As this shows - after washing, the image is somewhat paler... some, though not a lot, of the ink washes out... very much like washing the excess of dye out of a fabric. The first question has been answered... it is possible to make a digital print on silk and then use the fabric for shibori... yep... on on ....
The silk has been stitched in two directions and will be gathered and dyed... and steamed for shibori in the hope that some imagery will remain in between the gathers and the structure will give even more of an organic feel.
Very exciting - these are digital prints on Paverpol... The upper one was coated with Golden digital ground; the image is crisp and clear. The lower piece was not coated... and yet the image is strong and the ink quite well adhered to the surface, in fact I like the rather speckled nature it has given to this image. It certainly isn't as fixed as the upper one but hey, the potential here is mind-boggling.
What do you think of the photography? Normal digital camera but spectacular new studio light... Xmas present for me and JAM.
This is a nudibranch - stitched shibori worm. People who have seen this worm are only too keen to handle it and 'play' with it. Which is very encouraging for an interactive installation - any galleries reading please get in touch!!!!!!!!!!!!!!!!!!! The stabilised parts become more flexible on handling and I am very keen to make one of these much much longer, and rounder! the colours and bizarreness are in keeping with Nudibranchs I know and love....
Putting digital image into shibori The surface is painted with Golden digital ground - transparent and white The image is printed onto the surface and allowed to dry and then coated with a waterproof sealer for shibori process Fabric is then gathered and steamed. The image is intact. The fabric has a skin like quality and suggests snake skin - because of the imagery I guess the Skin is very organic because of how it flexes and will return to its gathered shape.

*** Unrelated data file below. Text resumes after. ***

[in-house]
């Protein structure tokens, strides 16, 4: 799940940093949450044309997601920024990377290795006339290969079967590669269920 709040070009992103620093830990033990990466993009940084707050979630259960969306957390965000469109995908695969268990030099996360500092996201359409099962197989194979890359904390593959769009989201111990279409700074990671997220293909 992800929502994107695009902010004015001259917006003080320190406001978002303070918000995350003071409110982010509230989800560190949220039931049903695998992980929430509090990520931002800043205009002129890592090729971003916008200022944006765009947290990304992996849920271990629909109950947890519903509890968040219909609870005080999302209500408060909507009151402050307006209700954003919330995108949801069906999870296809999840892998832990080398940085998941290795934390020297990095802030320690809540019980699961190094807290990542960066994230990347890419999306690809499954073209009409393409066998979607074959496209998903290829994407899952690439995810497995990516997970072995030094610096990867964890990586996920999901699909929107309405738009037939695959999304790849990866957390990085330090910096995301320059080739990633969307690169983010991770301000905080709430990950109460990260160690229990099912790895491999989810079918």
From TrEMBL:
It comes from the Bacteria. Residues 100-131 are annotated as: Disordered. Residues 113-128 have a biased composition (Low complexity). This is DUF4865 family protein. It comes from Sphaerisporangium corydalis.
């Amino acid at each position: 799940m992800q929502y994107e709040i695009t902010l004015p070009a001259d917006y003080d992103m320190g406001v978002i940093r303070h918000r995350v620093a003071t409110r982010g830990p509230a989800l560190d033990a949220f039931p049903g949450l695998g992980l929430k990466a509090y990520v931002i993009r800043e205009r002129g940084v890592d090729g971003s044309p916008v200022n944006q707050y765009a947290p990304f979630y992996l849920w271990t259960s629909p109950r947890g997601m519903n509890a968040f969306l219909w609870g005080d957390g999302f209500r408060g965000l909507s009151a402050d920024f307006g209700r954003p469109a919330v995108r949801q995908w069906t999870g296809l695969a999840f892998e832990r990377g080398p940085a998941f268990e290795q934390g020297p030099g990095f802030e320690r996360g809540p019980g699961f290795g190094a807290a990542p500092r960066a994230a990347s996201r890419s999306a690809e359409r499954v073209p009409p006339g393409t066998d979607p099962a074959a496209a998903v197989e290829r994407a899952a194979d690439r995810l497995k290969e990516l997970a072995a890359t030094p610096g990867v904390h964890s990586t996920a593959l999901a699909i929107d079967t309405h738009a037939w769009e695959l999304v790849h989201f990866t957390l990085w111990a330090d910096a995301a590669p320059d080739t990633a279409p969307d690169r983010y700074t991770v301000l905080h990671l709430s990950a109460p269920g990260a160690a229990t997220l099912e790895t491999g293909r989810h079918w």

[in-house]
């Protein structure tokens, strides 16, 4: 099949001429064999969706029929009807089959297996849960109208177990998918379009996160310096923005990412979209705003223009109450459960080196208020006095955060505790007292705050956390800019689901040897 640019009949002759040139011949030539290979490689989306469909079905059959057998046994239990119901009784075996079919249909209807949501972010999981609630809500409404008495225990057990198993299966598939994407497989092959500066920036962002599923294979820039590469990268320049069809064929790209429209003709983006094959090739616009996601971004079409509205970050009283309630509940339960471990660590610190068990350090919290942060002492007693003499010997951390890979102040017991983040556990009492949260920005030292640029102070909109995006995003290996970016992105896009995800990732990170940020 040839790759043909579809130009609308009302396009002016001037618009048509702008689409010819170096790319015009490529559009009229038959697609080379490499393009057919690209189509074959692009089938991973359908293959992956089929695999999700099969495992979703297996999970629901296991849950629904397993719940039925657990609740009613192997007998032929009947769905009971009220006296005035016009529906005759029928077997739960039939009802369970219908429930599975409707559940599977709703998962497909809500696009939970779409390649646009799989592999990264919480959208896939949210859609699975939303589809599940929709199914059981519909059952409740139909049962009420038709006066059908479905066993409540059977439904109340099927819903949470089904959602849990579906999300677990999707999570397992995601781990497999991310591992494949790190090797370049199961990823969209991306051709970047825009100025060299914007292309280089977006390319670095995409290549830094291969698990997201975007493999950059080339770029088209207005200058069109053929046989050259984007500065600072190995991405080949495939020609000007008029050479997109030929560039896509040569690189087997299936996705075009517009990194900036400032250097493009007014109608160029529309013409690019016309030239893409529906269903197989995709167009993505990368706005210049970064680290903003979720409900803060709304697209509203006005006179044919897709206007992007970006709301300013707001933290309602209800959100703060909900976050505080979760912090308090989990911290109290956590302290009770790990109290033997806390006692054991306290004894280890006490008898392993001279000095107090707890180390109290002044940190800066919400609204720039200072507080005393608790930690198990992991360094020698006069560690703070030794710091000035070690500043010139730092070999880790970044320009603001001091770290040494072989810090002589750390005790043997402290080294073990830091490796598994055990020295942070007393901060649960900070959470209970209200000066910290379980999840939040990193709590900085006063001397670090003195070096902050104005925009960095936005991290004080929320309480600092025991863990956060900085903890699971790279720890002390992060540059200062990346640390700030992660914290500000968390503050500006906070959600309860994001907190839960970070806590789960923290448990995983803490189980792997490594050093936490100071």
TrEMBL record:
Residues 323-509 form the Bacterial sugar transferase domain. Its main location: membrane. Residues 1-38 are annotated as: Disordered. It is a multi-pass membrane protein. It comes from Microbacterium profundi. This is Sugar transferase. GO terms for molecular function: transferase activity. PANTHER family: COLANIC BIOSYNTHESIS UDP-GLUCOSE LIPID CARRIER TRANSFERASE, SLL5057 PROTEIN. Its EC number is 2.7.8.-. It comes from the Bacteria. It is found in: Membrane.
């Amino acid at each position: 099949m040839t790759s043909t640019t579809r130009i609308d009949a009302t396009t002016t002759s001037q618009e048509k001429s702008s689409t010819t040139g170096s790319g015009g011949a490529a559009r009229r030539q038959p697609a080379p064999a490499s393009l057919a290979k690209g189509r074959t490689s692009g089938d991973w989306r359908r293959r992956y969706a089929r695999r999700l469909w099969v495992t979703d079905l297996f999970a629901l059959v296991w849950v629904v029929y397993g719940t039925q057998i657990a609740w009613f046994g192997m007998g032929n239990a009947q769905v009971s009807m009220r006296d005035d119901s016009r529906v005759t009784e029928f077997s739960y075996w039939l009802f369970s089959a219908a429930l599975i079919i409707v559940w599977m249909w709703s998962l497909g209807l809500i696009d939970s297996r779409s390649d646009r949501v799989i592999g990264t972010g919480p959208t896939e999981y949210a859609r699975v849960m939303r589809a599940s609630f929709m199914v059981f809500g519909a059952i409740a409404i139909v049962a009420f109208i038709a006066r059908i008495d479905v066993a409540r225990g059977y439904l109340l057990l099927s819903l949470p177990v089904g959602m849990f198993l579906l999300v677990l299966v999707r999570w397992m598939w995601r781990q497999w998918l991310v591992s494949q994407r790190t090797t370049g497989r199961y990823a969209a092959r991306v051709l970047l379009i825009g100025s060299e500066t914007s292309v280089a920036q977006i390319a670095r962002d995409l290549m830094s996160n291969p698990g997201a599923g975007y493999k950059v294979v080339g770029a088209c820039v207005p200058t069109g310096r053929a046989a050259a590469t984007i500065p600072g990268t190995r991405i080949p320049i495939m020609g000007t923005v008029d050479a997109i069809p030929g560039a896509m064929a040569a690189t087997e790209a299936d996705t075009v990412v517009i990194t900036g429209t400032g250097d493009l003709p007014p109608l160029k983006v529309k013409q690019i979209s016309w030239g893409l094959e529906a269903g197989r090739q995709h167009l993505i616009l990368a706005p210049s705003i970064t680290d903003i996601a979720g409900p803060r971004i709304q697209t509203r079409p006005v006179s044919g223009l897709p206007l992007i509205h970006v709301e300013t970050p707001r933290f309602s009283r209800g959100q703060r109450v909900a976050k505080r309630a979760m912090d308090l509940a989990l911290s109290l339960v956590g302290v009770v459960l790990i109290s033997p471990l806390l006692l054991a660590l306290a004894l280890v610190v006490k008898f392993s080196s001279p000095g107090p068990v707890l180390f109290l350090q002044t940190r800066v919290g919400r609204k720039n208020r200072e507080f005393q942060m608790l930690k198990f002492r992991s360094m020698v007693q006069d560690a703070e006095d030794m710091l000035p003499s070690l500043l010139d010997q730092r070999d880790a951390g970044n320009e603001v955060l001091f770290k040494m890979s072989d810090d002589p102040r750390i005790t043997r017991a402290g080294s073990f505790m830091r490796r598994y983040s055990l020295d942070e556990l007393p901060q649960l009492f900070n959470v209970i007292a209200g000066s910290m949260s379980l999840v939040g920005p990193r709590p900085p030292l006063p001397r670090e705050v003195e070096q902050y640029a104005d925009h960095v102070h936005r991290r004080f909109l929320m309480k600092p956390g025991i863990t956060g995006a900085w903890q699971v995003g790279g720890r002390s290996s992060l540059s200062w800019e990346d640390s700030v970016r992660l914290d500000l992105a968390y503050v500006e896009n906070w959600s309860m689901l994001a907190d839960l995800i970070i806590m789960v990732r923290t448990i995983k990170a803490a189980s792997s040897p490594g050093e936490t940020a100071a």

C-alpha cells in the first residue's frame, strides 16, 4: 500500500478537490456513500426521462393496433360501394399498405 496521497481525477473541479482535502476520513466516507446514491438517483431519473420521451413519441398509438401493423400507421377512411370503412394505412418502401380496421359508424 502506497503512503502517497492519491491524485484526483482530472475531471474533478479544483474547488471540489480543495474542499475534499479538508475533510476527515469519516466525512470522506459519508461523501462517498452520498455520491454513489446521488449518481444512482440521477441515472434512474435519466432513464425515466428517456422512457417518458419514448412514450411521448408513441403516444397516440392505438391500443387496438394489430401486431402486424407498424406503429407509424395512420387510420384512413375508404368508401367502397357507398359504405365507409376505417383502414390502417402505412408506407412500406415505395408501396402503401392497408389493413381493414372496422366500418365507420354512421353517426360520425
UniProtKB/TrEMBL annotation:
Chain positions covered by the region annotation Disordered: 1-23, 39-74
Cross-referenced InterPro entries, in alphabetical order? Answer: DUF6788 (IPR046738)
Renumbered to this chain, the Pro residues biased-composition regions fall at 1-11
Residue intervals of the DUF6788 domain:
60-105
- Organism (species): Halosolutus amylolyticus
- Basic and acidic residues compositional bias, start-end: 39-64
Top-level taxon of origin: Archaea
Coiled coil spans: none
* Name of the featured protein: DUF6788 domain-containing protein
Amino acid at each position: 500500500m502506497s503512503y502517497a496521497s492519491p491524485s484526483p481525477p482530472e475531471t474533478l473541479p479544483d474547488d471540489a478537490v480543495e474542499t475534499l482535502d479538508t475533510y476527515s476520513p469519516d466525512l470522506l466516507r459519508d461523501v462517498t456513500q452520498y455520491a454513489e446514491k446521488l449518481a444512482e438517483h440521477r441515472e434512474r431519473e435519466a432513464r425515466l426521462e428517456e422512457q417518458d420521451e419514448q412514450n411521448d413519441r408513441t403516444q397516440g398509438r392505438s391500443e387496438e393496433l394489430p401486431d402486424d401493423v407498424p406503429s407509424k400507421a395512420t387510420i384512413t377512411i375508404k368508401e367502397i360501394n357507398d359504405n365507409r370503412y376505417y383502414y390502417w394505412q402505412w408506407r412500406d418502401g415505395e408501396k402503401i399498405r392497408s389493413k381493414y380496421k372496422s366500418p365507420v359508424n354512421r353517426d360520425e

Went to check on the dimensions of the gallery space at Epcor for February and took in a few galleries. Tried to visit the Triangle Gallery and saw the work of Ryan Marsh Fairweather - these organisms crawling up a wall create an assemblage very much like I hope to with my Shibori work. Aren't they funny. Ryan if you see this and object to the image please let me know and I will remove it. Truck Gallery (beware, both do not open till 11am) Had a coffee at Arts Central (very pleasant), then went to find the Weiss Gallery and "100 pieces of work by Judy Chicago (now down to about 20 pieces of work because of the need to cater for their commitments to their other artists....) The lady there was most encouraging and did assure me they would be bringing out other works from the collection to show before end Jan when the exhibition of Judy's works will end. Maybe one or two will be textile???
Had a pleasant lunch with John and we sat in full sunshine! Is this winter in Calgary?
Then back to Truck - work by Tammy McGrath - Voir Dire very thought provoking - about the burning of books... which took me back to Kristelnacht so was quite a disturbing experience. The commentary was very illuminating leading one to consider what might be coming out from the ashes, which in this case were dark "ominous creatures.... mythological beasts.... protectors of the persecuted books, or provocateurs of their evil demise."